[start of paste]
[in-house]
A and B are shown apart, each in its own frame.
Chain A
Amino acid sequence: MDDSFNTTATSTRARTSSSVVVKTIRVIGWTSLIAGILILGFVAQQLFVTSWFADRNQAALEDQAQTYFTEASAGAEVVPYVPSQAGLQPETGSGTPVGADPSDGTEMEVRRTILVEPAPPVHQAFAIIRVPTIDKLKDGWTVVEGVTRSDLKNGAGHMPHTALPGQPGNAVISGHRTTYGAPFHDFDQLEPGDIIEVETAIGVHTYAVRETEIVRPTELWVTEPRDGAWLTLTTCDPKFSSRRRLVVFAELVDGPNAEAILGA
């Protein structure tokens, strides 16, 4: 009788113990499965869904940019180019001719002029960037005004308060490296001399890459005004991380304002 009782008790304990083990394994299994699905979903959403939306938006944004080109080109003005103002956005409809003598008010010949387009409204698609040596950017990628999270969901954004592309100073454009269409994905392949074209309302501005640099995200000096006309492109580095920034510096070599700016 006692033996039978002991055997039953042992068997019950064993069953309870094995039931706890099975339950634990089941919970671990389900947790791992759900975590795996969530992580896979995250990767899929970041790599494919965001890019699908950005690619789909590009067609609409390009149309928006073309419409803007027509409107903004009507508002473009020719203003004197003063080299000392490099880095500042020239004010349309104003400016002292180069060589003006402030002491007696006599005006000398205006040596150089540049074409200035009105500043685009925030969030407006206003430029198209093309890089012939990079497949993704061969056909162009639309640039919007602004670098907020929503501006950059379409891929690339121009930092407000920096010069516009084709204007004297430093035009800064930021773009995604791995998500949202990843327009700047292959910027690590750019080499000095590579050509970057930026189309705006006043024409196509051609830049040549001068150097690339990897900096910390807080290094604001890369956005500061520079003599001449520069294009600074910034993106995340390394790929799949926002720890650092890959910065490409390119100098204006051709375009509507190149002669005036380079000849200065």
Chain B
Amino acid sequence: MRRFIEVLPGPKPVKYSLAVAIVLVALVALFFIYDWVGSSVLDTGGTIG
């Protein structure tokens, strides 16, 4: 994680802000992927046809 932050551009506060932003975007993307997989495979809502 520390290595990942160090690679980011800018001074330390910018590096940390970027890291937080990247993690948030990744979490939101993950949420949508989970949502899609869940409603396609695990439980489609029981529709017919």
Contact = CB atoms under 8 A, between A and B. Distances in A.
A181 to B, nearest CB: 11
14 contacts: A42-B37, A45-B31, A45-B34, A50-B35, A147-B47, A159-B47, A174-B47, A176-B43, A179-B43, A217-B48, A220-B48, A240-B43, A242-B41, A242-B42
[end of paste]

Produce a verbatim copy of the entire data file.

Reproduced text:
[in-house]
A and B are shown apart, each in its own frame.
Chain A
Amino acid sequence: MDDSFNTTATSTRARTSSSVVVKTIRVIGWTSLIAGILILGFVAQQLFVTSWFADRNQAALEDQAQTYFTEASAGAEVVPYVPSQAGLQPETGSGTPVGADPSDGTEMEVRRTILVEPAPPVHQAFAIIRVPTIDKLKDGWTVVEGVTRSDLKNGAGHMPHTALPGQPGNAVISGHRTTYGAPFHDFDQLEPGDIIEVETAIGVHTYAVRETEIVRPTELWVTEPRDGAWLTLTTCDPKFSSRRRLVVFAELVDGPNAEAILGA
């Protein structure tokens, strides 16, 4: 009788113990499965869904940019180019001719002029960037005004308060490296001399890459005004991380304002 009782008790304990083990394994299994699905979903959403939306938006944004080109080109003005103002956005409809003598008010010949387009409204698609040596950017990628999270969901954004592309100073454009269409994905392949074209309302501005640099995200000096006309492109580095920034510096070599700016 006692033996039978002991055997039953042992068997019950064993069953309870094995039931706890099975339950634990089941919970671990389900947790791992759900975590795996969530992580896979995250990767899929970041790599494919965001890019699908950005690619789909590009067609609409390009149309928006073309419409803007027509409107903004009507508002473009020719203003004197003063080299000392490099880095500042020239004010349309104003400016002292180069060589003006402030002491007696006599005006000398205006040596150089540049074409200035009105500043685009925030969030407006206003430029198209093309890089012939990079497949993704061969056909162009639309640039919007602004670098907020929503501006950059379409891929690339121009930092407000920096010069516009084709204007004297430093035009800064930021773009995604791995998500949202990843327009700047292959910027690590750019080499000095590579050509970057930026189309705006006043024409196509051609830049040549001068150097690339990897900096910390807080290094604001890369956005500061520079003599001449520069294009600074910034993106995340390394790929799949926002720890650092890959910065490409390119100098204006051709375009509507190149002669005036380079000849200065």
Chain B
Amino acid sequence: MRRFIEVLPGPKPVKYSLAVAIVLVALVALFFIYDWVGSSVLDTGGTIG
């Protein structure tokens, strides 16, 4: 994680802000992927046809 932050551009506060932003975007993307997989495979809502 520390290595990942160090690679980011800018001074330390910018590096940390970027890291937080990247993690948030990744979490939101993950949420949508989970949502899609869940409603396609695990439980489609029981529709017919």
Contact = CB atoms under 8 A, between A and B. Distances in A.
A181 to B, nearest CB: 11
14 contacts: A42-B37, A45-B31, A45-B34, A50-B35, A147-B47, A159-B47, A174-B47, A176-B43, A179-B43, A217-B48, A220-B48, A240-B43, A242-B41, A242-B42